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The genetics and neuroscience of flavour

Edited by Richard Newcomb and Kathrin Ohla.

Flavour is publishing a collection of articles on how the fields of genetics and neuroscience are beginning to impact on our understanding of flavour experience, how it is produced and what underpins individual differences.

This collection of articles has not been sponsored and articles have undergone the journal’s standard peer-review process. The Guest Editors declare no competing interests.

  1. The leaves of the Coriandrum sativum plant, known as cilantro or coriander, are widely used in many cuisines around the world. However, far from being a benign culinary herb, cilantro can be polarizing—many peopl...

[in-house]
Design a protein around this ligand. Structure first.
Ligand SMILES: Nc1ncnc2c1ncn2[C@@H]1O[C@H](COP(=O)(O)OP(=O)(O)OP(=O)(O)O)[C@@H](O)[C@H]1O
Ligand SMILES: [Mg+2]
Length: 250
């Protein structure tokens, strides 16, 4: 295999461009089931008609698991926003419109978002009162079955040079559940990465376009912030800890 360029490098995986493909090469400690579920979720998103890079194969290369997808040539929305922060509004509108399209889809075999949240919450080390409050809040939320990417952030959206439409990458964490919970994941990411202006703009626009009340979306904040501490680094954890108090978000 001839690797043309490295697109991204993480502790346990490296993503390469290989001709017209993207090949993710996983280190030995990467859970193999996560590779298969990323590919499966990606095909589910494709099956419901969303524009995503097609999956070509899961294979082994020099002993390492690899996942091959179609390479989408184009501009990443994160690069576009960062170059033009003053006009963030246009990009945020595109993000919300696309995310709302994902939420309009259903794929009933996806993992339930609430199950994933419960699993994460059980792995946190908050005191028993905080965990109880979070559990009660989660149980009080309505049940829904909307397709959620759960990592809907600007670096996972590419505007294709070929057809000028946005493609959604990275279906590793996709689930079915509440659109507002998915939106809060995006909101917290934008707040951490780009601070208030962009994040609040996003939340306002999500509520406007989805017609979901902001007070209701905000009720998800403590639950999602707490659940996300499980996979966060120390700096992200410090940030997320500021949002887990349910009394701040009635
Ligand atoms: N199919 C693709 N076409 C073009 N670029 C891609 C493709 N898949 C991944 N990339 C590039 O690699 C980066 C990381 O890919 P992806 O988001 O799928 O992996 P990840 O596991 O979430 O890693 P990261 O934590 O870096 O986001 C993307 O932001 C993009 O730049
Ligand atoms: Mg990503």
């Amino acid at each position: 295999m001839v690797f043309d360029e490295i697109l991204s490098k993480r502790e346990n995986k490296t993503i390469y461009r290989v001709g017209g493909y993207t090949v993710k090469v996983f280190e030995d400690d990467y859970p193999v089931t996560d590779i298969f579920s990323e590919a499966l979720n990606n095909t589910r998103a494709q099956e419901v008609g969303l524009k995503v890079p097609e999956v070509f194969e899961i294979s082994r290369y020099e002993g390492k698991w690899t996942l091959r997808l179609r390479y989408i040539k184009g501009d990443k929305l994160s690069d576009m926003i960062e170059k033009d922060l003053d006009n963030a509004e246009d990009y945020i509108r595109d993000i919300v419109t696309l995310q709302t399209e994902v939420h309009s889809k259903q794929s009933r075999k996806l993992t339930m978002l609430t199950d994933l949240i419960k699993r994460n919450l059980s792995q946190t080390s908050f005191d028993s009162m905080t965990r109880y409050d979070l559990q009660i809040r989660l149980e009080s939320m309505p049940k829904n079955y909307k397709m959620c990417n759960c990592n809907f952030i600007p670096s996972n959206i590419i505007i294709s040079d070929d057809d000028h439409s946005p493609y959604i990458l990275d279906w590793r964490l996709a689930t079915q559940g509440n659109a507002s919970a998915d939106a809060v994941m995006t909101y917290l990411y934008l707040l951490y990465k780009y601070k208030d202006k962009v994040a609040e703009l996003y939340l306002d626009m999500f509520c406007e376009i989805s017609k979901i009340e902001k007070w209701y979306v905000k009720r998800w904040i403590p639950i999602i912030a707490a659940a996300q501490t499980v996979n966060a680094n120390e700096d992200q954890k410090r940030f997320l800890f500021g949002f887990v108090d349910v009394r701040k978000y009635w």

Authors: Nicholas Eriksson, Shirley Wu, Chuong B Do, Amy K Kiefer, Joyce Y Tung, Joanna L Mountain, David A Hinds and Uta Francke
    Citation: Flavour 2012 1:22
  2. The combined senses of taste, smell and the common chemical sense merge to form what we call ‘flavor.’ People show marked differences in their ability to detect many flavors, and in this paper, we review the r...

    Authors: Richard D Newcomb, Mary B Xia and Danielle R Reed
    Citation: Flavour 2012 1:9